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The Problems with Peer Grading in Coursera When I wrote about the launch of online education startup Coursera back in April, one of the things that most intrigued me was the description that founders Daphne Koller and Andrew Ng gave of their plans for a peer-to-peer grading system. I’ve been a critic of the rise of the robot-graders — that is, the increasing usage of automated assessment software (used in other xMOOCS and online courses, as well as in other large-scale testing systems). While some assignments might lend themselves to being graded this way, I’ve been skeptical that automation is really the way to go for disciplines require essay-writing, despite the contention that robo-graders score just as well as humans do. Coursera said it would offer poetry classes (a modern poetry class starts this fall), and I just couldn’t see how even the most sophisticated artificial intelligence in the world could grade students’ intepretations and close readings. So Coursera’s plans for peer assessment sounded pretty reasonable.

Search results for coursera This is Part Two. You can read Part One here.As before, I've summarized things at the end, for those without the time or inclination to read the essay from beginning to end. One of the suggestions I made in my previous thoughts included offering sample essays, ones that would clearly show what an essay with a 1 in form and a 1 in content should be and comparing it with an essay that is 3/3. This would, of course, benefit both the essay writer and the peer reviewer. Here are some of the key phrases culled from the “Work Expectations” in the “Peer Evaluation” section: [The] essays will be anonymous to you. [P]lease write a brief response (perhaps a sentence or two) that accomplishes two things: pointing out at least one aspect of the essay that is good and pointing out at least one aspect of the essay that would profit by improvement. NiceNice workContent was very good and detailed. Then there's this: the writer receives contradictory statements: Summary of Problems: Possible Solutions: a.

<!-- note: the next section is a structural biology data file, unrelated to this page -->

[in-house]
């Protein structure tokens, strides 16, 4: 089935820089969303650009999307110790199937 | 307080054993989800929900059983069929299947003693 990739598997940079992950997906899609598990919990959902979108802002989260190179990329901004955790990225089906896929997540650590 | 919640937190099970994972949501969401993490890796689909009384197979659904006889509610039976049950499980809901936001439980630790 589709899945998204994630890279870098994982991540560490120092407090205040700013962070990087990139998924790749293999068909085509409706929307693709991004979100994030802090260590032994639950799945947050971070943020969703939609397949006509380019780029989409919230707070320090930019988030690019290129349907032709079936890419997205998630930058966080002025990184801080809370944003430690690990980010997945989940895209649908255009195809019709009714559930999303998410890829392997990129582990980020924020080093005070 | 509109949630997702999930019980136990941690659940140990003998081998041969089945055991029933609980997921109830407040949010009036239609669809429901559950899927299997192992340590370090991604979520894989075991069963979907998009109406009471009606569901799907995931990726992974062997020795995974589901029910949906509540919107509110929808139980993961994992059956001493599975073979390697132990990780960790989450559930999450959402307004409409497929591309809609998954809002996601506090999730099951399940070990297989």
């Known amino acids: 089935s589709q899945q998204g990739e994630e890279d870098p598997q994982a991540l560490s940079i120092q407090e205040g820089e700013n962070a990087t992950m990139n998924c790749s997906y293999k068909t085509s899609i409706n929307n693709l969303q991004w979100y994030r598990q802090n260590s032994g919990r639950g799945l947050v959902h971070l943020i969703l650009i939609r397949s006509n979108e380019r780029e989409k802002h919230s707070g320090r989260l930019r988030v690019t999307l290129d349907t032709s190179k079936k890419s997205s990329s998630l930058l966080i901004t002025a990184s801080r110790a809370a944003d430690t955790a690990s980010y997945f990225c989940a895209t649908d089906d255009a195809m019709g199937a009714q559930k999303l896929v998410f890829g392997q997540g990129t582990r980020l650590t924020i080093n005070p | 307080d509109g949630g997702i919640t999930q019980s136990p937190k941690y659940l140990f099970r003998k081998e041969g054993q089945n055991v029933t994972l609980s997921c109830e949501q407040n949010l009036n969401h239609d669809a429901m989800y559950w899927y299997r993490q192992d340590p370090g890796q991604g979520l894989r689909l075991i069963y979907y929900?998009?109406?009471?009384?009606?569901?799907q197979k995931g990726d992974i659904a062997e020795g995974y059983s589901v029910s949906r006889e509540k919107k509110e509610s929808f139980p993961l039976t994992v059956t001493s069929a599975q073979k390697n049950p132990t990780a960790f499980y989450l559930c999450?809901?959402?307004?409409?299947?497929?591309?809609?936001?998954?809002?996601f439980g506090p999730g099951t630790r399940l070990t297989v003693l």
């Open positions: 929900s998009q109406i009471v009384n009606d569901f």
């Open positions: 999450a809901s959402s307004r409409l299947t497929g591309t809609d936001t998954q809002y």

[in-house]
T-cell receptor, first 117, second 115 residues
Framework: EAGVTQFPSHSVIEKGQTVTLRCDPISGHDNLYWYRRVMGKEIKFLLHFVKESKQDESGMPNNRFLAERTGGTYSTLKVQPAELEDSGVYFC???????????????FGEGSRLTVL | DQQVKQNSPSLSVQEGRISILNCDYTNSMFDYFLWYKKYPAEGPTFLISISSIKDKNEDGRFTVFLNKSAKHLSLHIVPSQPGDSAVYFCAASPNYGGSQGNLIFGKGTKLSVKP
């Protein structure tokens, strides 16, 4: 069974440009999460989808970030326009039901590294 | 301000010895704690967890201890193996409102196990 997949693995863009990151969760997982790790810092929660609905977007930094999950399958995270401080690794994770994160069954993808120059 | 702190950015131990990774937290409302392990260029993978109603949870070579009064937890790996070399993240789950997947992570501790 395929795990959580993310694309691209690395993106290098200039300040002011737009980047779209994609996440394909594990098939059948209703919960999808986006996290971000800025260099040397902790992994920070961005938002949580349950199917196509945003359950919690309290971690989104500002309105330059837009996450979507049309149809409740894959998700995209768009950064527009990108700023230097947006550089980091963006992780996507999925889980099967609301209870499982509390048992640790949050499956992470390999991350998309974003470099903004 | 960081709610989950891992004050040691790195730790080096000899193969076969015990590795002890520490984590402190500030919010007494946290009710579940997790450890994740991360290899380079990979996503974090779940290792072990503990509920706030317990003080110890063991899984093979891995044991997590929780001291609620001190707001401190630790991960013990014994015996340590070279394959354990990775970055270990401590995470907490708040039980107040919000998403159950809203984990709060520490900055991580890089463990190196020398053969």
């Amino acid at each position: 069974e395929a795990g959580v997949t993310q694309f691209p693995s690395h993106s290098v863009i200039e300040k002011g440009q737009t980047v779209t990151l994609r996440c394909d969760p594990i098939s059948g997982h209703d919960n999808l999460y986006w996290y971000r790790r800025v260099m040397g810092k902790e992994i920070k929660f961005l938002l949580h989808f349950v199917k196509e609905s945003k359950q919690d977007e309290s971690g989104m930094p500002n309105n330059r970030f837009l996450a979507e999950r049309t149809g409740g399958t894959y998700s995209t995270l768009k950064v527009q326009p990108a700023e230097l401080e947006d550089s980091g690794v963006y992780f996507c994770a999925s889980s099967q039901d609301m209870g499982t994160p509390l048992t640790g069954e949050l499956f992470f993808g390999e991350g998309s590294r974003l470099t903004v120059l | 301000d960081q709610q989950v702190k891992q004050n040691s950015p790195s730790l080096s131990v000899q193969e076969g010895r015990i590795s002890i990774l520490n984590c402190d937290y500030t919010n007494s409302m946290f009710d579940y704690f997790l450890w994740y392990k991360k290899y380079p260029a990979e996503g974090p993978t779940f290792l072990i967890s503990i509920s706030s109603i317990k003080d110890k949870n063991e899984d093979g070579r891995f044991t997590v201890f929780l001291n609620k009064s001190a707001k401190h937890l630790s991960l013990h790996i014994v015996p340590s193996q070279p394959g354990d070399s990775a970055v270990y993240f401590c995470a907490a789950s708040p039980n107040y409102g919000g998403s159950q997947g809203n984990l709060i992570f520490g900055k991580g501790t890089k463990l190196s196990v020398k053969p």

Internet, Tout y est Pour Apprendre : la preuve par MOOC Internet, pour se cultiver, pour apprendre, pour le plaisir d’échanger et de confronter ses idées, c’est à cet Internet que nous nous intéressons. On connaît tous le moteur de recherche comme outil pour trouver l’information dont on a besoin. Mais cette recherche n’est que la première étape d’un apprentissage. Comprendre, analyser, valider, confronter, synthétiser sont des actions qui permettent d’aller plus loin et de s’approprier des connaissances. Internet permet tout cela et même plus. Oui, Internet, Tout Y est Pour Apprendre (ou ITyPA!). Ce cours sera en ligne et ouvert à tous, et comme c’est l’usage sur Internet, plus nous serons nombreux, plus ce que nous en tirerons sera potentiellement riche. une petite vidéo pour illustrer existe, en anglais : Nous sommes quelques uns à avoir suivi un tel cours ou à avoir été intrigués par ces formes d’apprentissage, et à avoir publié ou relayé l’information. Crédit photo : The MOOC shop par cogdogblog licence CC-by Like this: J'aime chargement…